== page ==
“There was something appealing in thinking of a character with a secret life that her author knew nothing about. Slipping off while the author’s back was turned, to find love in her own way. Showing up just in time to deliver the next bit of dialogue with an innocent face. If Sylvia were a character in a book, that’s the kind of character she’d want to be.” (171)
“Sylvia thought how all parents wanted an impossible life for their children—happy beginning, happy middle, happy ending. No plot of any kind. What uninteresting people would result if parents got their way.” (178)
“No one with real integrity tries to sell their integrity to you. People with real integrity hardly notice they have it. You see a campaign that focuses on character, rectitude, probity, and that’s exactly when you should start asking yourself, What’s this guy trying to hide?” (185)
“‘By the end of Pride and Prejudice, Jane, Elizabeth, and Lydia Bennet are all married. This still leaves two Bennet girls, Mary and Kitty, unattached. According to Austen’s nephew, she married them off later. She told her family that Kitty Bennet eventually wed a clergyman who lived near the Darcy estate. Mary Bennet wed a clerk from her uncle Philips’s office, which kept her close to her parents’ home and part of the only sort of society in which she could distinguish herself. Both marriages, according to Austen, were good ones. “I always like to know how a story ends,’ says Bernadette.” (198)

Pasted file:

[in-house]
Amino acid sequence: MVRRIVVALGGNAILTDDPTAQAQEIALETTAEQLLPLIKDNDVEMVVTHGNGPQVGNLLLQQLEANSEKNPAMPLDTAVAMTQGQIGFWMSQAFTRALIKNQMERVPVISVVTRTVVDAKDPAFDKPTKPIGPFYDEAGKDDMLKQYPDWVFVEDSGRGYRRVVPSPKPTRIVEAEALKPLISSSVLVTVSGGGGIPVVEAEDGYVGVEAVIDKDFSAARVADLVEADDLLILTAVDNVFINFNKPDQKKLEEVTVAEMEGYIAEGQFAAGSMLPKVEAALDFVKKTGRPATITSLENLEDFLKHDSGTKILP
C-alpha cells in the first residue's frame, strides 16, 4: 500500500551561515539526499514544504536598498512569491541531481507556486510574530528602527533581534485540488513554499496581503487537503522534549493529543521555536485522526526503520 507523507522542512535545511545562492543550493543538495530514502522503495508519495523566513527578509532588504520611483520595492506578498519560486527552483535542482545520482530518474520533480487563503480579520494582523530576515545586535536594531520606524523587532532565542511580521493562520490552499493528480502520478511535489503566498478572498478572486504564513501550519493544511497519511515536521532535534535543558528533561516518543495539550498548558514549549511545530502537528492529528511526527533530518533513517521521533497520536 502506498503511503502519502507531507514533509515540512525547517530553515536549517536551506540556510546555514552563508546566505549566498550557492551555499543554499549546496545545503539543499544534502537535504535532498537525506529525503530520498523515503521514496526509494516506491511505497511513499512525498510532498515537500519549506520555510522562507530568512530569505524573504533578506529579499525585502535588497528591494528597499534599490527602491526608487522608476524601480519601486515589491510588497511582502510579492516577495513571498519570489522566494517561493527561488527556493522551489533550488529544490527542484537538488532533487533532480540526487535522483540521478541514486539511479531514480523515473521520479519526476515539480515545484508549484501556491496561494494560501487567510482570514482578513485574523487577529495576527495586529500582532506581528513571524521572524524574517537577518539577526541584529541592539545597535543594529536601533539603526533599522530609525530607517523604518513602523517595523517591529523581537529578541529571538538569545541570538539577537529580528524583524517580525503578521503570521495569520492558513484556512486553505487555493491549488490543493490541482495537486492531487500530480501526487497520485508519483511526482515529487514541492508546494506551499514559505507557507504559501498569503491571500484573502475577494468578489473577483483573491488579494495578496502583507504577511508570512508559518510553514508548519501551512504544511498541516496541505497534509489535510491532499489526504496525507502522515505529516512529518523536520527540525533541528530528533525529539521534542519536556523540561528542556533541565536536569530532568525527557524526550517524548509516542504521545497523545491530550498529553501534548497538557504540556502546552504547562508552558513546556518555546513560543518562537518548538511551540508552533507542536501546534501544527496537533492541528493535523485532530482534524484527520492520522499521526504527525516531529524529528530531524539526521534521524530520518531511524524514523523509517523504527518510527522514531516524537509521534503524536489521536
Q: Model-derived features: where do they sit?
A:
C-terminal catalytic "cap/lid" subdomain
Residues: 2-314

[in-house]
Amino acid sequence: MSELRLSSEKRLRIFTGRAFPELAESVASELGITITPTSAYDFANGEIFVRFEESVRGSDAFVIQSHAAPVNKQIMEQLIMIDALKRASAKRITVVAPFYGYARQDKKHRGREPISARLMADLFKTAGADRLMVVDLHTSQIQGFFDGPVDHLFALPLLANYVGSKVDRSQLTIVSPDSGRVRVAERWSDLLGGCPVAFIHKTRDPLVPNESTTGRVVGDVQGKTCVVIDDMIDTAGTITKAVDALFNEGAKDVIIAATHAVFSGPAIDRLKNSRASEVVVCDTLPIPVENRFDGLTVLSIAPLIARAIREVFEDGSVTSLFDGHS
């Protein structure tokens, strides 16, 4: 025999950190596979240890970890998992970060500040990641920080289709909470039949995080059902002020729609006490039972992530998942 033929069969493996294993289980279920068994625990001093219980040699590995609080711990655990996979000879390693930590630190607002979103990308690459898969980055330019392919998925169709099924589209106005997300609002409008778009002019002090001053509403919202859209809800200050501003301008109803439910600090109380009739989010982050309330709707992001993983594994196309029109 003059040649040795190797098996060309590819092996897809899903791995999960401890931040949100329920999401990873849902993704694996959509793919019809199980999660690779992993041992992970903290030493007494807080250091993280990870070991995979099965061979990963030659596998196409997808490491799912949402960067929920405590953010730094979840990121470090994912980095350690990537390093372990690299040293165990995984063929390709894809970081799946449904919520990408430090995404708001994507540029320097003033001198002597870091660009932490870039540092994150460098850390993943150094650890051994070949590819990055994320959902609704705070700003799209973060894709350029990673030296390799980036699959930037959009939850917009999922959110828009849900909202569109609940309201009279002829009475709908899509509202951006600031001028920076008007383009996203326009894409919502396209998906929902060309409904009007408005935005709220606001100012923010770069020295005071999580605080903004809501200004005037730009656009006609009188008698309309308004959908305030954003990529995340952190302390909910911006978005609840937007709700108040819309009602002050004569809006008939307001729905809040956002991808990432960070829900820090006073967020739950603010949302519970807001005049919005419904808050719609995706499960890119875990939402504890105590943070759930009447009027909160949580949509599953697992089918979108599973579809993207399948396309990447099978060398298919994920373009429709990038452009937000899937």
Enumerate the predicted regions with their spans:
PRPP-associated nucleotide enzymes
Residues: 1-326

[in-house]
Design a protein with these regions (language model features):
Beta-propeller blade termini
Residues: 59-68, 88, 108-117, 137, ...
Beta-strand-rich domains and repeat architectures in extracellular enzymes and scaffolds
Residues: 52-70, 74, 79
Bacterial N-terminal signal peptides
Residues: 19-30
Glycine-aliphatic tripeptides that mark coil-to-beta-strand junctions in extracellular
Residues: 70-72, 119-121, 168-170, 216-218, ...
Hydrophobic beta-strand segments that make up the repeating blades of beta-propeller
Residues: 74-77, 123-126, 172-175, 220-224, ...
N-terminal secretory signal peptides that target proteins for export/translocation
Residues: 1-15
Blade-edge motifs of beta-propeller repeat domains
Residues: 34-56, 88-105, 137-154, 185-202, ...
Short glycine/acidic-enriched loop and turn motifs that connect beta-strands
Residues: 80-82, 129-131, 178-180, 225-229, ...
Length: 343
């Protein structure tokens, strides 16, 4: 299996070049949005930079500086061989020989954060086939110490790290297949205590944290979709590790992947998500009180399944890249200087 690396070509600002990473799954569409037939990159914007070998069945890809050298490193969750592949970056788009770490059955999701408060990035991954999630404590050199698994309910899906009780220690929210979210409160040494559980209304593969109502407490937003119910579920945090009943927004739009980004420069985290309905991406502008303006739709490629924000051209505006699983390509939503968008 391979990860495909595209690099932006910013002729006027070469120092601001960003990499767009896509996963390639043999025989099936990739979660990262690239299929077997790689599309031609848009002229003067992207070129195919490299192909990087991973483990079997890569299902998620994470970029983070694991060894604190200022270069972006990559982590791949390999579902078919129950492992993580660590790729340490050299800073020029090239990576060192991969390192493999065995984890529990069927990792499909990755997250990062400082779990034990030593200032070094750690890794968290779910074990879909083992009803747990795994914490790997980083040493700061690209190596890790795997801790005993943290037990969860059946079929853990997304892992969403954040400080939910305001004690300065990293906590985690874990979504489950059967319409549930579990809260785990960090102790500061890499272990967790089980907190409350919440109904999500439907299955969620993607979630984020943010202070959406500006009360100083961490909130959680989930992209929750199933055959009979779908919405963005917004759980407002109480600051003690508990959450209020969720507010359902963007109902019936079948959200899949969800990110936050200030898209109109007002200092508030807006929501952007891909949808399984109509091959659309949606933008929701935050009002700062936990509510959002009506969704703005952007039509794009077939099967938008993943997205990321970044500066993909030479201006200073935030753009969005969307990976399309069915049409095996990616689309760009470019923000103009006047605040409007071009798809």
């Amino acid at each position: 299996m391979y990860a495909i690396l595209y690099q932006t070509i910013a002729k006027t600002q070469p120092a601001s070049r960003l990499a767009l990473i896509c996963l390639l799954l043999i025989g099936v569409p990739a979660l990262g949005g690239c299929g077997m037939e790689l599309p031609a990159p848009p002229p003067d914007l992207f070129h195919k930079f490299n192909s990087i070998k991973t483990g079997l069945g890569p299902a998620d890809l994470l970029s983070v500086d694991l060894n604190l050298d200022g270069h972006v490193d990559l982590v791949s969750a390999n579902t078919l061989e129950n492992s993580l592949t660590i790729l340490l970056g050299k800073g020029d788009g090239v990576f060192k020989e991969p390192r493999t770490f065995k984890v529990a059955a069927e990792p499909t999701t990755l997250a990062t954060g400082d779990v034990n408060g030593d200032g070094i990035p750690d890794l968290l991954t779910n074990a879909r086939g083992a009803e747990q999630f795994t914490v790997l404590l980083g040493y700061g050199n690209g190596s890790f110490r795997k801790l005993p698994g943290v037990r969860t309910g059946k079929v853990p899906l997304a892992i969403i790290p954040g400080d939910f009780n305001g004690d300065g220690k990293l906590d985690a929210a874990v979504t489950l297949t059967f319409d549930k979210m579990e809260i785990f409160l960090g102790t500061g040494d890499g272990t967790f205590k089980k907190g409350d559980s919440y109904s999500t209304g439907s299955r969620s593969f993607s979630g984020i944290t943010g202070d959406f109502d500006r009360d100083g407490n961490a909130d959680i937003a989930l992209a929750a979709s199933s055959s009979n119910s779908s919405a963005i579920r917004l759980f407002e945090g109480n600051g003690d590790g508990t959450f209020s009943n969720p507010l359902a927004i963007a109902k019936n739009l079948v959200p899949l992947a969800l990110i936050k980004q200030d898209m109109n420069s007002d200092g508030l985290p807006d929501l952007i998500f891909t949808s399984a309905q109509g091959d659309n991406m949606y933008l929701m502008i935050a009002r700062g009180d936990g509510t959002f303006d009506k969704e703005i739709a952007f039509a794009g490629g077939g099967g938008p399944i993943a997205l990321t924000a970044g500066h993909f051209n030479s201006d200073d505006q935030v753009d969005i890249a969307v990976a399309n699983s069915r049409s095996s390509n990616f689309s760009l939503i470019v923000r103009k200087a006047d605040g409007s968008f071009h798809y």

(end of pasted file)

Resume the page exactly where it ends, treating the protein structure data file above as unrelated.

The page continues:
“Allegra liked being an aunt. Her brother Diego had two girls; that was all the kid time Allegra needed. Probably. All she wanted. Mostly. There would certainly be something challenging in a genetic code that made you gay but left your reproductive urge fully functional.” (215)
“Sylvia was not a happy-ending sort of person herself. In books, yes, they were lovely. But in life everyone has the same ending, and the only question is who will get to it first. She took a drink of peach margarita and looked at Daniel, who was looking back, and didn’t look away. What if you had a happy ending and didn’t notice? Sylvia made a mental note. Don’t miss the happy ending.” (243)